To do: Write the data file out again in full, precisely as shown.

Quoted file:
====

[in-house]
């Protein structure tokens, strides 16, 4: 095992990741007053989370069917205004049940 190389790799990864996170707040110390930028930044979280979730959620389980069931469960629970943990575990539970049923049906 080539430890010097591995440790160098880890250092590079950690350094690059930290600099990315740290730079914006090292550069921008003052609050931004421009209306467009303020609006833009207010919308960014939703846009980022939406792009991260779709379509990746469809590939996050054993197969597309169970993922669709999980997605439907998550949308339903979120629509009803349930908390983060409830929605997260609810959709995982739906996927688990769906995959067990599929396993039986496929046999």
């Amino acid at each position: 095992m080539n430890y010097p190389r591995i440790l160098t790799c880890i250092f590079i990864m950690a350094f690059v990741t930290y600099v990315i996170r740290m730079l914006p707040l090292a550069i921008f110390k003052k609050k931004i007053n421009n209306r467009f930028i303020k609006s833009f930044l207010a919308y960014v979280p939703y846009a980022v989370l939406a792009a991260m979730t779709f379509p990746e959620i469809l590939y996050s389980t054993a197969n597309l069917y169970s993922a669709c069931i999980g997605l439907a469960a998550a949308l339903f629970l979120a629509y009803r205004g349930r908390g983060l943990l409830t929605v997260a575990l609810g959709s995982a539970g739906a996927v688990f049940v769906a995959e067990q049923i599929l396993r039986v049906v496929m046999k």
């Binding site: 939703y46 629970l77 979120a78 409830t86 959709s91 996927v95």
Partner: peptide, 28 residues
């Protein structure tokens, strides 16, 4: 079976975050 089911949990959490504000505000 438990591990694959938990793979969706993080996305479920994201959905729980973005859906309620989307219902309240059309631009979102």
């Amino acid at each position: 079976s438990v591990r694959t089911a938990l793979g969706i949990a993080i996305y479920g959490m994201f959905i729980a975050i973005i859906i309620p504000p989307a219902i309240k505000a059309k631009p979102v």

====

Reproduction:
[in-house]
């Protein structure tokens, strides 16, 4: 095992990741007053989370069917205004049940 190389790799990864996170707040110390930028930044979280979730959620389980069931469960629970943990575990539970049923049906 080539430890010097591995440790160098880890250092590079950690350094690059930290600099990315740290730079914006090292550069921008003052609050931004421009209306467009303020609006833009207010919308960014939703846009980022939406792009991260779709379509990746469809590939996050054993197969597309169970993922669709999980997605439907998550949308339903979120629509009803349930908390983060409830929605997260609810959709995982739906996927688990769906995959067990599929396993039986496929046999």
């Amino acid at each position: 095992m080539n430890y010097p190389r591995i440790l160098t790799c880890i250092f590079i990864m950690a350094f690059v990741t930290y600099v990315i996170r740290m730079l914006p707040l090292a550069i921008f110390k003052k609050k931004i007053n421009n209306r467009f930028i303020k609006s833009f930044l207010a919308y960014v979280p939703y846009a980022v989370l939406a792009a991260m979730t779709f379509p990746e959620i469809l590939y996050s389980t054993a197969n597309l069917y169970s993922a669709c069931i999980g997605l439907a469960a998550a949308l339903f629970l979120a629509y009803r205004g349930r908390g983060l943990l409830t929605v997260a575990l609810g959709s995982a539970g739906a996927v688990f049940v769906a995959e067990q049923i599929l396993r039986v049906v496929m046999k």
């Binding site: 939703y46 629970l77 979120a78 409830t86 959709s91 996927v95």
Partner: peptide, 28 residues
């Protein structure tokens, strides 16, 4: 079976975050 089911949990959490504000505000 438990591990694959938990793979969706993080996305479920994201959905729980973005859906309620989307219902309240059309631009979102």
């Amino acid at each position: 079976s438990v591990r694959t089911a938990l793979g969706i949990a993080i996305y479920g959490m994201f959905i729980a975050i973005i859906i309620p504000p989307a219902i309240k505000a059309k631009p979102v």